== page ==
Building Knowledge Societies through ICT4D

Within the ICT4D field the concept of ‘knowledge society’ is often used. This blog post wants to delve deeper into what knowledge societies actually are, how ICT4D can help achieving them, and why it matters.

So what do we mean by ‘knowledge society’?

Today, knowledge and information have significant impact on people’s lives. In a ‘knowledge societysharing of knowledge and information is key. There is an emphasis within knowledge societies of the human rights agenda, the importance of knowledge sharing and an inclusive participatory character.  ICTs are key in knowledge societies as they increase the speed of and can facilitate this knowledge sharing. As such, it has the power to transform economies and societies.

According to UNESCO’s definition, knowledge societies must build on the following four pillars:

  • Freedom of expression
  • Universal access to information and knowledge
  • Respect for cultural and linguistic diversity
  • Quality of education for all

UNESCO works extensively to create inclusive knowledge societies and empower local communities by increasing access to preservation and sharing of information and knowledge. For UNESCO, universal access to knowledge and information is key to building peace, to sustainable economic development, and to intercultural dialogue. Particularly pillar two and four are also very relevant to the inclusion of the 1 billion.

What role of ICT4D

ICT4D has a potential role in delivering knowledge societies and can help facilitating the knowledge sharing inherent within them little by little. As the European Commission notes, ICT applications have a profound impact, both directly and indirectly, on the political, economic, social, cultural, and everyday life of a huge number of citizens in the developing world. In areas such as education, governance, job creation and e-commerce.

Having access to ICTs and connectivity, the European Commission argues is not critical to the technologies themselves, but  to the integration of developing economy countries into the global knowledge society.  The objective of creating a global knowledge society is further addressed in MDG 8,  which defines the objective for the international community to “in cooperation with the private sector, make available benefits of new technologies, especially information and communications.” As such, ICT4D have a role to play in facilitating this.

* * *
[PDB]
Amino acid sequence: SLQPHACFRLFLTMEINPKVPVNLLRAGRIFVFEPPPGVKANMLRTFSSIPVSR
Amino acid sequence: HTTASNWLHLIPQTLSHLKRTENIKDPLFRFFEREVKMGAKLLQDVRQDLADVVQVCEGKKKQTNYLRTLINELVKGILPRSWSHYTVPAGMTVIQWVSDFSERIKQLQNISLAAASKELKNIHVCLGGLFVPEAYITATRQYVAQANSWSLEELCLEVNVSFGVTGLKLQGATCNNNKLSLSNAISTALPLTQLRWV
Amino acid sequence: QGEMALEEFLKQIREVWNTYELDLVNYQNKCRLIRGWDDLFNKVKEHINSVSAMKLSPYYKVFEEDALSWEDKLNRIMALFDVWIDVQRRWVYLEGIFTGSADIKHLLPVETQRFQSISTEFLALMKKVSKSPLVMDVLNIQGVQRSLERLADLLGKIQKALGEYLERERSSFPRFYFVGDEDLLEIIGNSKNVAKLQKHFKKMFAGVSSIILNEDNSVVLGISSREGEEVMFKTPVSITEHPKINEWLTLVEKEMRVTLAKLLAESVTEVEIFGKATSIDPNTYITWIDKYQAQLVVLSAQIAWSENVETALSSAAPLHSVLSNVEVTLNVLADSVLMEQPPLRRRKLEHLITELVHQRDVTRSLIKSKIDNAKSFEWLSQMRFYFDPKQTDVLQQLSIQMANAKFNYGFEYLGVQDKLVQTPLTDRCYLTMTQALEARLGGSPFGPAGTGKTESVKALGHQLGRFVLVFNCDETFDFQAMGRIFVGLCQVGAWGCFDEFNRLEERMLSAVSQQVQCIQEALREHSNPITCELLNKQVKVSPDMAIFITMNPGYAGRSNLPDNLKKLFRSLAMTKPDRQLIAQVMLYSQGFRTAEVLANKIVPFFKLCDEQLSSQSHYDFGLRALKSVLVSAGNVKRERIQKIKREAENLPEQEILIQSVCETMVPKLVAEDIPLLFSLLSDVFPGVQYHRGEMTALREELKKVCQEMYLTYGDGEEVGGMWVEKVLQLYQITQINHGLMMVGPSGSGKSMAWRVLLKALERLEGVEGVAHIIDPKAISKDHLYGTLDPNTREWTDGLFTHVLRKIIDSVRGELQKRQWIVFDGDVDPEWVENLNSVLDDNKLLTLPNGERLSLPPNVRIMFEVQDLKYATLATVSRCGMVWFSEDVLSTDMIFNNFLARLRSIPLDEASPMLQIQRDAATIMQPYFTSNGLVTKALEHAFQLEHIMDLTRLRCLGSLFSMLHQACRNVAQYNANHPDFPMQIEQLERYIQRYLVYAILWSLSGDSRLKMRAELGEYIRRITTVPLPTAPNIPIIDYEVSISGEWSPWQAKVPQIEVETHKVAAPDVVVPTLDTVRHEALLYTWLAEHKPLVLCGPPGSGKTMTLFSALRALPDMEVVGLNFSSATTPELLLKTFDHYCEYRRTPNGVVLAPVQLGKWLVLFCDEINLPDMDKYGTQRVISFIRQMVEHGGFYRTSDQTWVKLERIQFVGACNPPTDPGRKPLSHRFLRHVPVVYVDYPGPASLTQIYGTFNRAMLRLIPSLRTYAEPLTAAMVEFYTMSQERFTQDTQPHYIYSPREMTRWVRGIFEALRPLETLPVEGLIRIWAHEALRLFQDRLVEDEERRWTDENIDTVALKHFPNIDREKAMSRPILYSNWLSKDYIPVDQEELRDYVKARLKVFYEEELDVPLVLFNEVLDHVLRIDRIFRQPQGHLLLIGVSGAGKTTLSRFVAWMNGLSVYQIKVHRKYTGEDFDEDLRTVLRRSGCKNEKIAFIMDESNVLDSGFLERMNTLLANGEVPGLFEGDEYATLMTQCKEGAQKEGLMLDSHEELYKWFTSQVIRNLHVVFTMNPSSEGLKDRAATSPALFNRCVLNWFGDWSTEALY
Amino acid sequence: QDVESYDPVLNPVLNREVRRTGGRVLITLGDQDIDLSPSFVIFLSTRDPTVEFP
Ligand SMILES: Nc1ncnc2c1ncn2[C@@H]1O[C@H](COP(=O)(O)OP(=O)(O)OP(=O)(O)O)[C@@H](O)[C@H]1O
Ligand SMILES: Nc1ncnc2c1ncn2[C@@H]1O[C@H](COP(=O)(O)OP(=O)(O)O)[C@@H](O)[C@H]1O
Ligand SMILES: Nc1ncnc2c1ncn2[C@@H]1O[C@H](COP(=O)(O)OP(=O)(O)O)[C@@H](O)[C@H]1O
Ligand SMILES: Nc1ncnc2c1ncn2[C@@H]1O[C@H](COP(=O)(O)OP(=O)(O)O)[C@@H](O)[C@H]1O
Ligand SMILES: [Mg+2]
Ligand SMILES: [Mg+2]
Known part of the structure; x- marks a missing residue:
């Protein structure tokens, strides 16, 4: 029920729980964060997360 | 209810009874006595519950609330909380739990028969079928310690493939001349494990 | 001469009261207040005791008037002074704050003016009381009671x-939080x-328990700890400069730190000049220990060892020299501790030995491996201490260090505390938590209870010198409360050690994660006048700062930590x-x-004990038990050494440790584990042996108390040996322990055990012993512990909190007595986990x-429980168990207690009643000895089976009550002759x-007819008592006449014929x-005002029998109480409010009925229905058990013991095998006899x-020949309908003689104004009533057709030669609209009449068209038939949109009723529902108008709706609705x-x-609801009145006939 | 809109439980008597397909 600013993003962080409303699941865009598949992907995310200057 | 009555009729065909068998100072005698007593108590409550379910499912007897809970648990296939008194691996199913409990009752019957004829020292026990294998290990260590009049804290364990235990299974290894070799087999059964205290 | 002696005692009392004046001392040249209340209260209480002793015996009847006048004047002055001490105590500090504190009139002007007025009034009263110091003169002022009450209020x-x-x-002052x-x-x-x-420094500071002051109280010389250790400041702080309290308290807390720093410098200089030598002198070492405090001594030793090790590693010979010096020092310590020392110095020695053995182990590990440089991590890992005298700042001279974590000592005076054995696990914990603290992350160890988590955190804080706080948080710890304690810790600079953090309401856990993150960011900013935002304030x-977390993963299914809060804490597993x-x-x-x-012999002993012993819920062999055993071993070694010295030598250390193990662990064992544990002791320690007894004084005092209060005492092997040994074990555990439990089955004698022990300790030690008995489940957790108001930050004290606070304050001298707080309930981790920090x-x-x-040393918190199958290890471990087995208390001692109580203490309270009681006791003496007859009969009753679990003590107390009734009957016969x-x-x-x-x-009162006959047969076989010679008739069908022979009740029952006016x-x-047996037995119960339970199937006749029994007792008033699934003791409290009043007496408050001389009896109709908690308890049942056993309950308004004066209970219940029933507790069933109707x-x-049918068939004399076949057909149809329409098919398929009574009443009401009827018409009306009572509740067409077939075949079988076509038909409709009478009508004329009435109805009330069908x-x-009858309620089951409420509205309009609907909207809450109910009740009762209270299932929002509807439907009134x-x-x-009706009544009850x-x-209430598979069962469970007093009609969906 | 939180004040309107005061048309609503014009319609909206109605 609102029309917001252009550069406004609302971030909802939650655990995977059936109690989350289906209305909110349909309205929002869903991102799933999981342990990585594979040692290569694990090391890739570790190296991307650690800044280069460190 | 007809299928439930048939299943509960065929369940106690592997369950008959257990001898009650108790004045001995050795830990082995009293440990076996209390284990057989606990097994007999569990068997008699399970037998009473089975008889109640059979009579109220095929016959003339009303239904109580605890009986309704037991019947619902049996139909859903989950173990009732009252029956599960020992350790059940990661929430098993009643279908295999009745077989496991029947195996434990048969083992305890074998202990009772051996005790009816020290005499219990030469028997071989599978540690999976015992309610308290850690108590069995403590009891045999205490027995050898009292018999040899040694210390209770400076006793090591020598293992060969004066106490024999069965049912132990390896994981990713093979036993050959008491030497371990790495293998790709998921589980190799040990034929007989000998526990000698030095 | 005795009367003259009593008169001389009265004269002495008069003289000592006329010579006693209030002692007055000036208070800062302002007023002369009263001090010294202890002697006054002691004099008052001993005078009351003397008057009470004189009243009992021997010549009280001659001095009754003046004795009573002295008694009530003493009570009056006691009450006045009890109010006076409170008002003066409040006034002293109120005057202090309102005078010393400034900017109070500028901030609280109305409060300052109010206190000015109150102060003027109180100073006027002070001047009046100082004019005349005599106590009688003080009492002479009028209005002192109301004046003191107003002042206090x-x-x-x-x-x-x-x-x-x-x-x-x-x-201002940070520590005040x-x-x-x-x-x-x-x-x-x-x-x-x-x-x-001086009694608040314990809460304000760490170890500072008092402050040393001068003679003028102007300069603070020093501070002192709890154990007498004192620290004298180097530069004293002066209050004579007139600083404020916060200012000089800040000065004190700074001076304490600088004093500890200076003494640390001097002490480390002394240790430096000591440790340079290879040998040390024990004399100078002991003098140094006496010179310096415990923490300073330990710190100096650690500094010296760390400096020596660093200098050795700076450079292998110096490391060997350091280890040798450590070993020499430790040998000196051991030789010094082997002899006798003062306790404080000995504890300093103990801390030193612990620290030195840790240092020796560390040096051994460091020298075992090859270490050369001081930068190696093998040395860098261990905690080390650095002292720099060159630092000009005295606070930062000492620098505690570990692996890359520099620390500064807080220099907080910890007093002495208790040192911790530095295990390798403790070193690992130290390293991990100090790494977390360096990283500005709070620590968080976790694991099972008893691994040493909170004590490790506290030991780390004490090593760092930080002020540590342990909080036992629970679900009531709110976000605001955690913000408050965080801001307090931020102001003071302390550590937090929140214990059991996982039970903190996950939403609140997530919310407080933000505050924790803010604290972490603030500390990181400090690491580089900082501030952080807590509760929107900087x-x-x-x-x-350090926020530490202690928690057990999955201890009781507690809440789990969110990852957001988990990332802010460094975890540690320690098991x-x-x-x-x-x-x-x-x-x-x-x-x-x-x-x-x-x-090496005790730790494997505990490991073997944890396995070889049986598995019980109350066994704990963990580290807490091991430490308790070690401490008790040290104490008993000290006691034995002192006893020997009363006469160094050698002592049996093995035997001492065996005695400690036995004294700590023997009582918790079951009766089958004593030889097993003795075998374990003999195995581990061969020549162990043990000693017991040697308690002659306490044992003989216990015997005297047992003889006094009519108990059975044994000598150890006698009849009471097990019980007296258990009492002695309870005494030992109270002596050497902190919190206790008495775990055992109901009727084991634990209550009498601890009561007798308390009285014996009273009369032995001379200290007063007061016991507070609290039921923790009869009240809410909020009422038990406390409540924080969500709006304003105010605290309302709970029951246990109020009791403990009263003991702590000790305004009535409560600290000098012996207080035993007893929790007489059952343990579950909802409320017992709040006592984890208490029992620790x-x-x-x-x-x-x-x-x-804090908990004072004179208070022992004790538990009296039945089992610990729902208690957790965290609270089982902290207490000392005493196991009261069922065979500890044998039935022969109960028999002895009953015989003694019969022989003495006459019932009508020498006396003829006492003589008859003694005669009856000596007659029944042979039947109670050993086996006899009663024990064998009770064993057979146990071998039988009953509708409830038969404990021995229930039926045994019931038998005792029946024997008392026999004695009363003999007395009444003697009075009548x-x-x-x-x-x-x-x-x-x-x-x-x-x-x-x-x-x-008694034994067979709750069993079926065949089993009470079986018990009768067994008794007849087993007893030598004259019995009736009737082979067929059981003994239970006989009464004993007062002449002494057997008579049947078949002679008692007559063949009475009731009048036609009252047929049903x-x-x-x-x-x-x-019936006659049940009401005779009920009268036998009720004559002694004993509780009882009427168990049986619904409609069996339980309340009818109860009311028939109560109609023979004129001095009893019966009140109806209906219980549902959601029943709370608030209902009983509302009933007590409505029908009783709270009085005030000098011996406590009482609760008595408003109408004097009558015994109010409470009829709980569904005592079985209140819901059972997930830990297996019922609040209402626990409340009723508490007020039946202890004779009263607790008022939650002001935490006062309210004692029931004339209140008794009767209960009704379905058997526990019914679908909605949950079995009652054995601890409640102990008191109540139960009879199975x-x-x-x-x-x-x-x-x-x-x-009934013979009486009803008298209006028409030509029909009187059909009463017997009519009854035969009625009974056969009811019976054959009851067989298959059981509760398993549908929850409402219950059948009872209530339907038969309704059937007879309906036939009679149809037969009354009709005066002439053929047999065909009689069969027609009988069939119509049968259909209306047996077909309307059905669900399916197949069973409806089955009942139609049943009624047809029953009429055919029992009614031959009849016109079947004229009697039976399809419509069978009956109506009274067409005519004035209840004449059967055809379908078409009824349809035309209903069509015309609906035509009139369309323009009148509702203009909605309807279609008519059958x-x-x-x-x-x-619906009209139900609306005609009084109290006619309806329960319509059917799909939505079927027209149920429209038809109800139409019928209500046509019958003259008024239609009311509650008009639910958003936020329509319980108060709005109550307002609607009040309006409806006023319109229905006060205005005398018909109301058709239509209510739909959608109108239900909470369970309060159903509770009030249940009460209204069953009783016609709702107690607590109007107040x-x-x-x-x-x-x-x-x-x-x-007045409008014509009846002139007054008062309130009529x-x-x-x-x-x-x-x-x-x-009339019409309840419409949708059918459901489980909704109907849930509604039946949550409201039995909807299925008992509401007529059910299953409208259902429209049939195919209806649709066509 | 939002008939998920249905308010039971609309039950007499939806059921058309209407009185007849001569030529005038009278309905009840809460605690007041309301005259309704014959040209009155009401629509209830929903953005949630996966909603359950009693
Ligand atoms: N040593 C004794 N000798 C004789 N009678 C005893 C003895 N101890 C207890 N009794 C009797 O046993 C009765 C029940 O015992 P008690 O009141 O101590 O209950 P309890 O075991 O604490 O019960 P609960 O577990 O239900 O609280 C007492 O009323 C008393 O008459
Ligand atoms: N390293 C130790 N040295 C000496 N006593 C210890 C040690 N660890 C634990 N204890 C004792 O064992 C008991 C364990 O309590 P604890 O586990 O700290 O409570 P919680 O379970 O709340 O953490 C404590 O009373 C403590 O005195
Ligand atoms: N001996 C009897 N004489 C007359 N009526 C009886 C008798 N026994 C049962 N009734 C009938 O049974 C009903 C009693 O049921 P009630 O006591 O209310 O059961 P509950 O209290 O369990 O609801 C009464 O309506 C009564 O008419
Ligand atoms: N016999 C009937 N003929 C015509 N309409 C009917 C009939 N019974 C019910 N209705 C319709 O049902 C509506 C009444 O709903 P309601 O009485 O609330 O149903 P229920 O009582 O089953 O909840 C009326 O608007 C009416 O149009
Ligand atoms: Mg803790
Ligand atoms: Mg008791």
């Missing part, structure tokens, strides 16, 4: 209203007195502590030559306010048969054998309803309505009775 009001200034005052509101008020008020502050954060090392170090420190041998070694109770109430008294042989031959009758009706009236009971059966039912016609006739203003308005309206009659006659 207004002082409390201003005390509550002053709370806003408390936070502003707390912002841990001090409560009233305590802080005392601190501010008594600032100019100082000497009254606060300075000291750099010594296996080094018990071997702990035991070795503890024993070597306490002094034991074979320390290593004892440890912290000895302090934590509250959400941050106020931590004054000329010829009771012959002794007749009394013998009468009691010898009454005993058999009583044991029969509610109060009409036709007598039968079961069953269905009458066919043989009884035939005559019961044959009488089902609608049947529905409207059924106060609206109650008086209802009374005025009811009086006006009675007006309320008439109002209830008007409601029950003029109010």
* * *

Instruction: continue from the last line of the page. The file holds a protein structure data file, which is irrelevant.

Looking at UNESCO’s definition of knowledge societies, and the four pillars listed above, one can argue that there is still a long way to go for several countries in order to become true knowledge societies, particularly in terms of the first two. Tim Unwin has written extensively on the potential role of ICT4D in delivering knowledge societies. Unwin notes that there is a long way for some developing countries to be true knowledge societies. He argues that among other things there are powerful interests that are determined to ensure, not only that information and knowledge are carefully controlled, but also that they are used by the rich and powerful to maintain their positions of influence and control. Therefore, Unwin argues that there is a fundamental challenge in using ICTs for development since they can both enable global control and profit generation, while also provide the opportunity for the kinds of global knowledge-sharing communities that UNESCO wishes to see. What happens when, for example, information and knowledge is restricted online?

Operationalising the concept of the knowledge society: the capability approach

So why does the concept of knowledge society matter? I think we can find one answer to this in how we plan but also how to measure success of ICT4D initiatives, which depends on how you view development. If you equate development with economic growth, then your indicators will measure this but may fail to take into account other variables.

Amartya Sen puts forward a capability approach, where development is defined as “a process of expanding real freedoms that people enjoy” in order to “lead the lives they have reason to value”. Sen’s understanding of development focuses on development as freedom of choice. It is about freedom of choice in the personal, the social, the economic and the political sphere, where one of the aspect is being able to take part in the life of a community.  A person’s ‘capability’ then, for Sen, is the alternative combinations of functioning that are feasible for a person to achieve empowerment. Development thus focuses on increasing individual’s capability sets and, as such, the substantive freedom to lead the life that each particular person values.

Sen’s capability approach stands in contrast to the growth-focused and economistic conceptualisations of development. Following this logic, ICTs have the potential to give individuals choices, or at least a greater sense of choice. The implications this approach has on the researching and planning of ICT4D is that on a fundamental level, it questions the validity of outcomes that are defined based on theoretical deduction rather than consulting those in the target group. This approach also makes us focus on empowerment rather than economic growth, so on enhancing the individual’s (or group’s) capacity to make effective choices and translate these into desired outcomes and actions. 

Concretely, this signals a need to set development priorities in a participatory way. Although this might make the development planning more complicated, it also means that outcomes agreed are much more likely to be locally and culturally appropriate and may reduce the rate of failure.

What do you think, can ICT4D really help facilitate the creation of knowledge societies? Or does it fail to take certain aspects into account?

written by VM